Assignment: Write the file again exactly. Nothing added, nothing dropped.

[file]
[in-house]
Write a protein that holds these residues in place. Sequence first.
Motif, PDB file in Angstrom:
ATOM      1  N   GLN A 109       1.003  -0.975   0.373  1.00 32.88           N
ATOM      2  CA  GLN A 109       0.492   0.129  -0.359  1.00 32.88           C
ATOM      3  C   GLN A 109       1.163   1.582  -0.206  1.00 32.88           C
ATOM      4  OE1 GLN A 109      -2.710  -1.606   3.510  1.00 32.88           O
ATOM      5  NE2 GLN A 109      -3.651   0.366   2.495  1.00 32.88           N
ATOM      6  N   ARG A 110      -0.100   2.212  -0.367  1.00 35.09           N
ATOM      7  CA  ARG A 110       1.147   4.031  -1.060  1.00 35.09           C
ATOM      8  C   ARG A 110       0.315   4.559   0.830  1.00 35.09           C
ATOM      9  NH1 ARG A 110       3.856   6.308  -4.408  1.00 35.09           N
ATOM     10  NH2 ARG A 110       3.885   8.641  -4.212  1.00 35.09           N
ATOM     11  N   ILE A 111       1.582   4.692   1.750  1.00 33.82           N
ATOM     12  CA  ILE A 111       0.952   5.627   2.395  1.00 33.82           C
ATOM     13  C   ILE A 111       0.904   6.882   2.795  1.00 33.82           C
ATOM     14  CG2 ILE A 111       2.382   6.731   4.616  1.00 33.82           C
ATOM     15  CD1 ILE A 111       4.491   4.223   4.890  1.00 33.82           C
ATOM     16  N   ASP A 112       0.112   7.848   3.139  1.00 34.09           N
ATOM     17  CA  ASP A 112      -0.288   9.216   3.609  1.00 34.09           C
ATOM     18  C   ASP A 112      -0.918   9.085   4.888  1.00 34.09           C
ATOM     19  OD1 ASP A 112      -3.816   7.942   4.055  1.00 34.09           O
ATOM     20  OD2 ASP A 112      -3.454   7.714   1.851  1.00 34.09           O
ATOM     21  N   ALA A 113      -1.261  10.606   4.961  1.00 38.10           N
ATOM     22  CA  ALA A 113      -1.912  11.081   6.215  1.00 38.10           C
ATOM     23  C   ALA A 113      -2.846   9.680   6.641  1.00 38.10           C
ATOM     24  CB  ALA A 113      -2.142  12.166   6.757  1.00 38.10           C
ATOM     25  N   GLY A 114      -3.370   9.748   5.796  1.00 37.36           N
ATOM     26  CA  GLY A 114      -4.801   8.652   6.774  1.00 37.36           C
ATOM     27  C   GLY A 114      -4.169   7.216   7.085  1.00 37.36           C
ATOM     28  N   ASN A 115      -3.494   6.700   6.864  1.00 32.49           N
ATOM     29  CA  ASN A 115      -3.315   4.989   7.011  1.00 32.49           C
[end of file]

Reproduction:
[in-house]
Write a protein that holds these residues in place. Sequence first.
Motif, PDB file in Angstrom:
ATOM      1  N   GLN A 109       1.003  -0.975   0.373  1.00 32.88           N
ATOM      2  CA  GLN A 109       0.492   0.129  -0.359  1.00 32.88           C
ATOM      3  C   GLN A 109       1.163   1.582  -0.206  1.00 32.88           C
ATOM      4  OE1 GLN A 109      -2.710  -1.606   3.510  1.00 32.88           O
ATOM      5  NE2 GLN A 109      -3.651   0.366   2.495  1.00 32.88           N
ATOM      6  N   ARG A 110      -0.100   2.212  -0.367  1.00 35.09           N
ATOM      7  CA  ARG A 110       1.147   4.031  -1.060  1.00 35.09           C
ATOM      8  C   ARG A 110       0.315   4.559   0.830  1.00 35.09           C
ATOM      9  NH1 ARG A 110       3.856   6.308  -4.408  1.00 35.09           N
ATOM     10  NH2 ARG A 110       3.885   8.641  -4.212  1.00 35.09           N
ATOM     11  N   ILE A 111       1.582   4.692   1.750  1.00 33.82           N
ATOM     12  CA  ILE A 111       0.952   5.627   2.395  1.00 33.82           C
ATOM     13  C   ILE A 111       0.904   6.882   2.795  1.00 33.82           C
ATOM     14  CG2 ILE A 111       2.382   6.731   4.616  1.00 33.82           C
ATOM     15  CD1 ILE A 111       4.491   4.223   4.890  1.00 33.82           C
ATOM     16  N   ASP A 112       0.112   7.848   3.139  1.00 34.09           N
ATOM     17  CA  ASP A 112      -0.288   9.216   3.609  1.00 34.09           C
ATOM     18  C   ASP A 112      -0.918   9.085   4.888  1.00 34.09           C
ATOM     19  OD1 ASP A 112      -3.816   7.942   4.055  1.00 34.09           O
ATOM     20  OD2 ASP A 112      -3.454   7.714   1.851  1.00 34.09           O
ATOM     21  N   ALA A 113      -1.261  10.606   4.961  1.00 38.10           N
ATOM     22  CA  ALA A 113      -1.912  11.081   6.215  1.00 38.10           C
ATOM     23  C   ALA A 113      -2.846   9.680   6.641  1.00 38.10           C
ATOM     24  CB  ALA A 113      -2.142  12.166   6.757  1.00 38.10           C
ATOM     25  N   GLY A 114      -3.370   9.748   5.796  1.00 37.36           N
ATOM     26  CA  GLY A 114      -4.801   8.652   6.774  1.00 37.36           C
ATOM     27  C   GLY A 114      -4.169   7.216   7.085  1.00 37.36           C
ATOM     28  N   ASN A 115      -3.494   6.700   6.864  1.00 32.49           N
ATOM     29  CA  ASN A 115      -3.315   4.989   7.011  1.00 32.49           C